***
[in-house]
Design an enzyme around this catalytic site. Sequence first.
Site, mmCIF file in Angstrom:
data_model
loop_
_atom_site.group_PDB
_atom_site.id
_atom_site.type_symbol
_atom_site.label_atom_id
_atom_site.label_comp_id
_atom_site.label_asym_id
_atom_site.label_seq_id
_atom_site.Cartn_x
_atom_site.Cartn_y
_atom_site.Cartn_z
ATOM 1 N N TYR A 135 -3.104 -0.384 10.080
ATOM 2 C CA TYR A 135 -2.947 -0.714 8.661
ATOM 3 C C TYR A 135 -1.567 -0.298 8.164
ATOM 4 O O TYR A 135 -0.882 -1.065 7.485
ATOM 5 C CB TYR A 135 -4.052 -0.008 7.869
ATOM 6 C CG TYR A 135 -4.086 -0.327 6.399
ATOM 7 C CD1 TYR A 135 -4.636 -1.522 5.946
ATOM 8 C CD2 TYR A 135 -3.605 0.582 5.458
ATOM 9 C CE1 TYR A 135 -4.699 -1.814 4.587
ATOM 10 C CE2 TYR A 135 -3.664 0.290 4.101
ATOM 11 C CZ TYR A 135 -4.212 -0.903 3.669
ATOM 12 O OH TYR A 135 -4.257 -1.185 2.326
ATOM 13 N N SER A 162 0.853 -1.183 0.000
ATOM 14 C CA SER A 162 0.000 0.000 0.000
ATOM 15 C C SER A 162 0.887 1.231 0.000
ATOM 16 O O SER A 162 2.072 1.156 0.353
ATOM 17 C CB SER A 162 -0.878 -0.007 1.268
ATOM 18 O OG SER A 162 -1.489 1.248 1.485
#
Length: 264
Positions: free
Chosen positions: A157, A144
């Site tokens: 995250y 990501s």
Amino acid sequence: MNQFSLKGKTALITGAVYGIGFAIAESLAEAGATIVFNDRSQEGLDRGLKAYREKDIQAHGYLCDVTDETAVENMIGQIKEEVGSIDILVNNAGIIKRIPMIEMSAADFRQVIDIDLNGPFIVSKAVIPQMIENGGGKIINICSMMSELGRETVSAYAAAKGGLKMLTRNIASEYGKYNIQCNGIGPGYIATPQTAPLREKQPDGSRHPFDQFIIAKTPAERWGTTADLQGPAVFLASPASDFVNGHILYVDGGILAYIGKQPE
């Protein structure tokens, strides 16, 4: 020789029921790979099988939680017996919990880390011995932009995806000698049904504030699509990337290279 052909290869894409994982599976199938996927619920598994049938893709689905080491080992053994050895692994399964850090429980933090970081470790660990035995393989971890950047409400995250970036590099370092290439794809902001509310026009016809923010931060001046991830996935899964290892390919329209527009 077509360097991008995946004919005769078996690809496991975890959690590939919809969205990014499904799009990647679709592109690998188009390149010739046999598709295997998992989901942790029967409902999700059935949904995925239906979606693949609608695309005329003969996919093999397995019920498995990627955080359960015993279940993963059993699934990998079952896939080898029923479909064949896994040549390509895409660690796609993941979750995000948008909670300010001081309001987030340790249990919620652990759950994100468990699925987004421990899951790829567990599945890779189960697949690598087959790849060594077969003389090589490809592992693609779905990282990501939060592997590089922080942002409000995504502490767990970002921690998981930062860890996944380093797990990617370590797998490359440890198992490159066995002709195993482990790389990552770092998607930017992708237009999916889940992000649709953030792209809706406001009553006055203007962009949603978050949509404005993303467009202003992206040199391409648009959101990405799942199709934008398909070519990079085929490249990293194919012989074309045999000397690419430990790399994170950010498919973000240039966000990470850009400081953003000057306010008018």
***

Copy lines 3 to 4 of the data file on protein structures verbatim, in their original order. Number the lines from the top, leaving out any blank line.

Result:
Site, mmCIF file in Angstrom:
data_model